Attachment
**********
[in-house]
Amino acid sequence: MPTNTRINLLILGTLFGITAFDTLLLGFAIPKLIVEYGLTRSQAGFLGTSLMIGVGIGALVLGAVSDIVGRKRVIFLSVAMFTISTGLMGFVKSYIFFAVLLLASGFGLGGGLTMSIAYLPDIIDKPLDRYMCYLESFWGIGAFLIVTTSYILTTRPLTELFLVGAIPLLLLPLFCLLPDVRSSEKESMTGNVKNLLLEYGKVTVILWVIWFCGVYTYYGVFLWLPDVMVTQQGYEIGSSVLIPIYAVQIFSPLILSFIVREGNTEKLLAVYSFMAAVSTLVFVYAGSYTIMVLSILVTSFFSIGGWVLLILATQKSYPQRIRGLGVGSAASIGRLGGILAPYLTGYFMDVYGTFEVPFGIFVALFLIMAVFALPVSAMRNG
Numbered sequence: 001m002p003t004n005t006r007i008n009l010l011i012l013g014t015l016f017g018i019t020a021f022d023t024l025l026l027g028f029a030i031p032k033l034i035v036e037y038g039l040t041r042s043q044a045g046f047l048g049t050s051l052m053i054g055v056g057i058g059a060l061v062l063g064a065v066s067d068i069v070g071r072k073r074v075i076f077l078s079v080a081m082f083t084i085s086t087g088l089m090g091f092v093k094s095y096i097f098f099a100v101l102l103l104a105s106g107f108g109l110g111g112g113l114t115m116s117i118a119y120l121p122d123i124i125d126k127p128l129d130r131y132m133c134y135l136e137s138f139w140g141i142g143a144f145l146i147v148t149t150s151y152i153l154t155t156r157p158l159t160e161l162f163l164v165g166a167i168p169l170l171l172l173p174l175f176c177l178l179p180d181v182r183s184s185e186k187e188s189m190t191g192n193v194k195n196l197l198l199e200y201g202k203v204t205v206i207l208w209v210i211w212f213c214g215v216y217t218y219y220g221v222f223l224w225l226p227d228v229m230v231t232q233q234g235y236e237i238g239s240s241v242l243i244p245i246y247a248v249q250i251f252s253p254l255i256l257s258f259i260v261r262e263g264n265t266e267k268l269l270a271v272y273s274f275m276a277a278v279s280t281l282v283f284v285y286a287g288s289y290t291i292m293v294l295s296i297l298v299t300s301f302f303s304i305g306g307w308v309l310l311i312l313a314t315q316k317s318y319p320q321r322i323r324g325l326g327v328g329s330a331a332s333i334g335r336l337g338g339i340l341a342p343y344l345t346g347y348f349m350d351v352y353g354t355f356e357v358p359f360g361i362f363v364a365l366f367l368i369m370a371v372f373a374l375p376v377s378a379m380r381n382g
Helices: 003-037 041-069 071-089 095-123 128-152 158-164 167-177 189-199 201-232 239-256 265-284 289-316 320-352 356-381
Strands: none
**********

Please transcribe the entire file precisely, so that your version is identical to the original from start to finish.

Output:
[in-house]
Amino acid sequence: MPTNTRINLLILGTLFGITAFDTLLLGFAIPKLIVEYGLTRSQAGFLGTSLMIGVGIGALVLGAVSDIVGRKRVIFLSVAMFTISTGLMGFVKSYIFFAVLLLASGFGLGGGLTMSIAYLPDIIDKPLDRYMCYLESFWGIGAFLIVTTSYILTTRPLTELFLVGAIPLLLLPLFCLLPDVRSSEKESMTGNVKNLLLEYGKVTVILWVIWFCGVYTYYGVFLWLPDVMVTQQGYEIGSSVLIPIYAVQIFSPLILSFIVREGNTEKLLAVYSFMAAVSTLVFVYAGSYTIMVLSILVTSFFSIGGWVLLILATQKSYPQRIRGLGVGSAASIGRLGGILAPYLTGYFMDVYGTFEVPFGIFVALFLIMAVFALPVSAMRNG
Numbered sequence: 001m002p003t004n005t006r007i008n009l010l011i012l013g014t015l016f017g018i019t020a021f022d023t024l025l026l027g028f029a030i031p032k033l034i035v036e037y038g039l040t041r042s043q044a045g046f047l048g049t050s051l052m053i054g055v056g057i058g059a060l061v062l063g064a065v066s067d068i069v070g071r072k073r074v075i076f077l078s079v080a081m082f083t084i085s086t087g088l089m090g091f092v093k094s095y096i097f098f099a100v101l102l103l104a105s106g107f108g109l110g111g112g113l114t115m116s117i118a119y120l121p122d123i124i125d126k127p128l129d130r131y132m133c134y135l136e137s138f139w140g141i142g143a144f145l146i147v148t149t150s151y152i153l154t155t156r157p158l159t160e161l162f163l164v165g166a167i168p169l170l171l172l173p174l175f176c177l178l179p180d181v182r183s184s185e186k187e188s189m190t191g192n193v194k195n196l197l198l199e200y201g202k203v204t205v206i207l208w209v210i211w212f213c214g215v216y217t218y219y220g221v222f223l224w225l226p227d228v229m230v231t232q233q234g235y236e237i238g239s240s241v242l243i244p245i246y247a248v249q250i251f252s253p254l255i256l257s258f259i260v261r262e263g264n265t266e267k268l269l270a271v272y273s274f275m276a277a278v279s280t281l282v283f284v285y286a287g288s289y290t291i292m293v294l295s296i297l298v299t300s301f302f303s304i305g306g307w308v309l310l311i312l313a314t315q316k317s318y319p320q321r322i323r324g325l326g327v328g329s330a331a332s333i334g335r336l337g338g339i340l341a342p343y344l345t346g347y348f349m350d351v352y353g354t355f356e357v358p359f360g361i362f363v364a365l366f367l368i369m370a371v372f373a374l375p376v377s378a379m380r381n382g
Helices: 003-037 041-069 071-089 095-123 128-152 158-164 167-177 189-199 201-232 239-256 265-284 289-316 320-352 356-381
Strands: none